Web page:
In 2008, the United States teetered on the brink of financial disaster. Unemployment looked to reach its highest levels in two decades [source: Boston Globe]. Homeowners defaulted on their loans in record numbers. Enormous investment banks that had been in business for more than a century and had endured the Great Depression faced collapse. The economy, in other words, was circling the drain. And all of it, every last part of this looming economic disaster, was due to a unique financial instrument called the mortgage-backed security.
Mortgage-backed securities (MBSs) are simply shares of a home loan sold to investors. They work like this: A bank lends a borrower the money to buy a house and collects monthly payments on the loan. This loan and a number of others -- perhaps hundreds -- are sold to a larger bank that packages the loans together into a mortgage-backed security. The larger bank then issues shares of this security, called tranches (French for "slices"), to investors who buy them and ultimately collect the dividends in the form of the monthly mortgage payments. These tranches can be further repackaged and sold again as other securities, called collateralized debt obligations (CDOs). Home loans in 2008 were so divided and spread across the financial spectrum, it was entirely possible a given homeowner could unwittingly own shares in his or her own mortgage.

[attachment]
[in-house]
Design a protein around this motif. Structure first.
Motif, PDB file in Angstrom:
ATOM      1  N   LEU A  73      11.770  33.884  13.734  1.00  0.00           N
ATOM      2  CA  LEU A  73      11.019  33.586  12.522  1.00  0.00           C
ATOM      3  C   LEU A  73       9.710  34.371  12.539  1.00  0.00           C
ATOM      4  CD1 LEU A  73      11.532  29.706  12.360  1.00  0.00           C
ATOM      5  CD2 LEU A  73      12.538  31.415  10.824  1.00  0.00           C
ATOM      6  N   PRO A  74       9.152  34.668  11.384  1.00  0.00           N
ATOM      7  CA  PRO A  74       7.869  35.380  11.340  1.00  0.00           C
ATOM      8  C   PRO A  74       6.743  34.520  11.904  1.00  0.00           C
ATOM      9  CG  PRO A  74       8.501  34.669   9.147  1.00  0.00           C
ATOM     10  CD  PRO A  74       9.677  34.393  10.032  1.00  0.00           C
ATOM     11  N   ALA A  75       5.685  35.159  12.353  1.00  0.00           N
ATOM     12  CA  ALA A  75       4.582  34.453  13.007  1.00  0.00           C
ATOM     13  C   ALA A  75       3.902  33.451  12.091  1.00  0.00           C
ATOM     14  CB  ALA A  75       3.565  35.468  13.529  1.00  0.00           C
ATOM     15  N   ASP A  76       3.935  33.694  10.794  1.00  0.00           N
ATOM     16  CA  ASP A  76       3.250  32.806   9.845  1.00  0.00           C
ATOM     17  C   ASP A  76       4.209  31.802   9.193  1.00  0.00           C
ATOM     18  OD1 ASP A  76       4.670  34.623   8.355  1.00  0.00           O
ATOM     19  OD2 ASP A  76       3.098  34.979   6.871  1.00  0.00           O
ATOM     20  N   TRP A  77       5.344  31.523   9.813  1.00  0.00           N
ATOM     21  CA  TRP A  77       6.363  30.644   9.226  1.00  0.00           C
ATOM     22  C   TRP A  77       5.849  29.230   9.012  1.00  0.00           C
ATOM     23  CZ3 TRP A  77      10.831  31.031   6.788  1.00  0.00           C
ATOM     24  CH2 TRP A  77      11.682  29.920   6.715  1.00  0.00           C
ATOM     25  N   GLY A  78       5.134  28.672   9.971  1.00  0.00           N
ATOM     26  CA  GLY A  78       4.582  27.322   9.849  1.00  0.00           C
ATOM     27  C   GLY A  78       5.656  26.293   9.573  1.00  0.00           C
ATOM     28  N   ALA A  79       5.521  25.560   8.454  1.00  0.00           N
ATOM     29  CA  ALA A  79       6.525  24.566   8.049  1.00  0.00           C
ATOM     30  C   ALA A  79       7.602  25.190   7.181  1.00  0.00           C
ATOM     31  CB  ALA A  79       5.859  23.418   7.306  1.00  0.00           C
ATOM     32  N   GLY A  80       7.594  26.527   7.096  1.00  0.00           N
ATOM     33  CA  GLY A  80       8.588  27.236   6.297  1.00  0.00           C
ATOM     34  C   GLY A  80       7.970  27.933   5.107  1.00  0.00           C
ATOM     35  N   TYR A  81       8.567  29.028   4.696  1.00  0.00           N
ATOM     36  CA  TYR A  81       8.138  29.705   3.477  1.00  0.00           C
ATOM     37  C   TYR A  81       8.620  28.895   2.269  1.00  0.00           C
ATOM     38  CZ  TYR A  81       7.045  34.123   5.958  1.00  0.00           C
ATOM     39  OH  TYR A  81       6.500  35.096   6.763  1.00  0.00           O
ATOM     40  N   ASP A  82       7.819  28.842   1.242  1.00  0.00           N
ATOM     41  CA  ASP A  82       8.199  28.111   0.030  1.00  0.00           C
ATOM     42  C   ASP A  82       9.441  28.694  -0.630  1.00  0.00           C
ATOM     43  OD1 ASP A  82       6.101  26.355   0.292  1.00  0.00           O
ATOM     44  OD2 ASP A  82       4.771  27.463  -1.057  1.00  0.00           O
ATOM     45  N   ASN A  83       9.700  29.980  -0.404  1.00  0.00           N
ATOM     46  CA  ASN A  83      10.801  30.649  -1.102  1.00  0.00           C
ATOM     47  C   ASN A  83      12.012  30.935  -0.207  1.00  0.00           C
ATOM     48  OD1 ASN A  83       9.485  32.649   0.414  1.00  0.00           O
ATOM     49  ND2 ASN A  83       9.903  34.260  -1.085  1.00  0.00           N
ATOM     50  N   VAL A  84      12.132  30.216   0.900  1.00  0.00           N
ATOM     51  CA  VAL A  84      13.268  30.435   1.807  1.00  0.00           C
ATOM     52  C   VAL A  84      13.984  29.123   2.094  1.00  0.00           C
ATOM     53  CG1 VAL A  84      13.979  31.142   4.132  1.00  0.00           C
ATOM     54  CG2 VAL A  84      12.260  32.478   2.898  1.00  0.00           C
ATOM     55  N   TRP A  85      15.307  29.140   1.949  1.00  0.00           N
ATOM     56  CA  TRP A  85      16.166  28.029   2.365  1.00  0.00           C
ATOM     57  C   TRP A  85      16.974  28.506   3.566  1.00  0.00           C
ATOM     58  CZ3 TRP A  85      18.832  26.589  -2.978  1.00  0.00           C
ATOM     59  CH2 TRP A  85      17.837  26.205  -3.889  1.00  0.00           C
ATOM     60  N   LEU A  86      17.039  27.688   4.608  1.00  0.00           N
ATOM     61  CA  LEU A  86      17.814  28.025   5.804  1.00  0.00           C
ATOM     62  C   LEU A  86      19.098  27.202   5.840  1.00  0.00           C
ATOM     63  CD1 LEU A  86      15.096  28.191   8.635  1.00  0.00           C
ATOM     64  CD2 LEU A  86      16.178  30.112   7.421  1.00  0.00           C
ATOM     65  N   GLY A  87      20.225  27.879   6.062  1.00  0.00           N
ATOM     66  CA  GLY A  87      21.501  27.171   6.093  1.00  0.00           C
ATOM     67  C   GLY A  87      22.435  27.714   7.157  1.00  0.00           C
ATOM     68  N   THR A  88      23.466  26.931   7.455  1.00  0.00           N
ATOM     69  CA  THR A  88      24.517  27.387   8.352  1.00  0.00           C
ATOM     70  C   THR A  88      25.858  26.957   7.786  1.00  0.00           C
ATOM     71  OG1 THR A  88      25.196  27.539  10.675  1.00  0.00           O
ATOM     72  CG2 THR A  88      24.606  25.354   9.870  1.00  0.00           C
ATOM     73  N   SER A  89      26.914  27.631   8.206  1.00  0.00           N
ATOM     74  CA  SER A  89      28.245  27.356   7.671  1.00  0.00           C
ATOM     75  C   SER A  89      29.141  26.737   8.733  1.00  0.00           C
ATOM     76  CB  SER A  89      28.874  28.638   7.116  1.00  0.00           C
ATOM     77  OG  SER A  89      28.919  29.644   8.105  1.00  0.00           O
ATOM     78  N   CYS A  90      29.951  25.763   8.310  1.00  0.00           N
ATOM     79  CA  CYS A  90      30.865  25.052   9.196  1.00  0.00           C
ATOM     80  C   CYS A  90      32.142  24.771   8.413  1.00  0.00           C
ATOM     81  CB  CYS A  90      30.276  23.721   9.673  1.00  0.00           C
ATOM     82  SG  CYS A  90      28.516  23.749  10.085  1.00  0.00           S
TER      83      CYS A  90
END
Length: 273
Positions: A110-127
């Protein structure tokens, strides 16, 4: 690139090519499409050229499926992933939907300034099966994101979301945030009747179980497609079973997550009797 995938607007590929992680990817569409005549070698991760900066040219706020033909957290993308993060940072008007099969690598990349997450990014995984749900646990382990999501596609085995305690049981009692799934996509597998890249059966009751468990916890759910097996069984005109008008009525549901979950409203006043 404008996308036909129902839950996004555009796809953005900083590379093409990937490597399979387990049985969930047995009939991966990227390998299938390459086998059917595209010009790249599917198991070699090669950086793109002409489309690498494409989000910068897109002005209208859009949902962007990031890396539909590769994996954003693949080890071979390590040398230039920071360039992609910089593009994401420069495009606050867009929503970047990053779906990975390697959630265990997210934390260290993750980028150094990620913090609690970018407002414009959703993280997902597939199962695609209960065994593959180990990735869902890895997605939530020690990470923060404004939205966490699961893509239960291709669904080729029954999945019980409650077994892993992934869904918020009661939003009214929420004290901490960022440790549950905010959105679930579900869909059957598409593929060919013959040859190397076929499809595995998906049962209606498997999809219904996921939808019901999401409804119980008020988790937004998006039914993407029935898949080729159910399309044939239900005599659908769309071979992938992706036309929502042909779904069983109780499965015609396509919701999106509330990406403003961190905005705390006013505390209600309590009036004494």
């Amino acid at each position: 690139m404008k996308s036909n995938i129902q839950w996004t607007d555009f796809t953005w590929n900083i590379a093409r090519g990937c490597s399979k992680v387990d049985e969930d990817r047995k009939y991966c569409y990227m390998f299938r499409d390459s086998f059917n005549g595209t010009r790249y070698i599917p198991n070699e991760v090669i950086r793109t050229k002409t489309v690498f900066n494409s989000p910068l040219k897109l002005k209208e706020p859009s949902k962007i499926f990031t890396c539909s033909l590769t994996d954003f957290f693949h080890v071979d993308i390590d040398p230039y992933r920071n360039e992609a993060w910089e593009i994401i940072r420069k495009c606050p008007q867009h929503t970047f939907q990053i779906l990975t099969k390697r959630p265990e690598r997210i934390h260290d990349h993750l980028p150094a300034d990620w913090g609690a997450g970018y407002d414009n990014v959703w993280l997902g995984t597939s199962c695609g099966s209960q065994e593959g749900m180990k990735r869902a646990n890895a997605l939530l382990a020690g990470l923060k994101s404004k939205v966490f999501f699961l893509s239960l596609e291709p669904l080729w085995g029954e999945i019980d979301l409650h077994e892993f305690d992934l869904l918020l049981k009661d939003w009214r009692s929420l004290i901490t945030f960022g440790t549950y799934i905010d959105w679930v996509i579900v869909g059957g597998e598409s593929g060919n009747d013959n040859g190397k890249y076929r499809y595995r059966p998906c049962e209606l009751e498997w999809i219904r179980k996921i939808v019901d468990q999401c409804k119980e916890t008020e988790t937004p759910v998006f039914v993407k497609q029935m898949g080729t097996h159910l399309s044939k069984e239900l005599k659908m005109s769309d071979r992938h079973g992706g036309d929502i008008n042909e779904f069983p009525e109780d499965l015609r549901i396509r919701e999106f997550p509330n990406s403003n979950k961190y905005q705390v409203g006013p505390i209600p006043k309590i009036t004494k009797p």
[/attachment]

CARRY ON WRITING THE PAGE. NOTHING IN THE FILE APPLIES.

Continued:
It sounds innocuous enough, and it is. It's also an excellent and safe way to make money when the housing market is booming. And in the early 21st century, the U.S. housing market was booming. A person who bought a new home in January 1996 for $155,000 could reasonably expect to make a profit of $100,000 when selling it in August 2006 [source: U.S. Census Bureau, CNN Money].
But 2008 wasn't 2006; the housing market in the United States was no longer booming. And it was the mortgage-backed security that killed it.
Why the Mortgage-backed Security Went the Way of the Dinosaur
Prior to the first decade of the 21st century, it was customary for a U.S. bank to exercise due diligence (an investigation into the applicant's history) when considering lending money for a mortgage. Banks wanted to know all about an applicant's financial stability -- income, debt, credit rating -- and they wanted it verified. This changed after the mortgage-backed security (MBS) was introduced.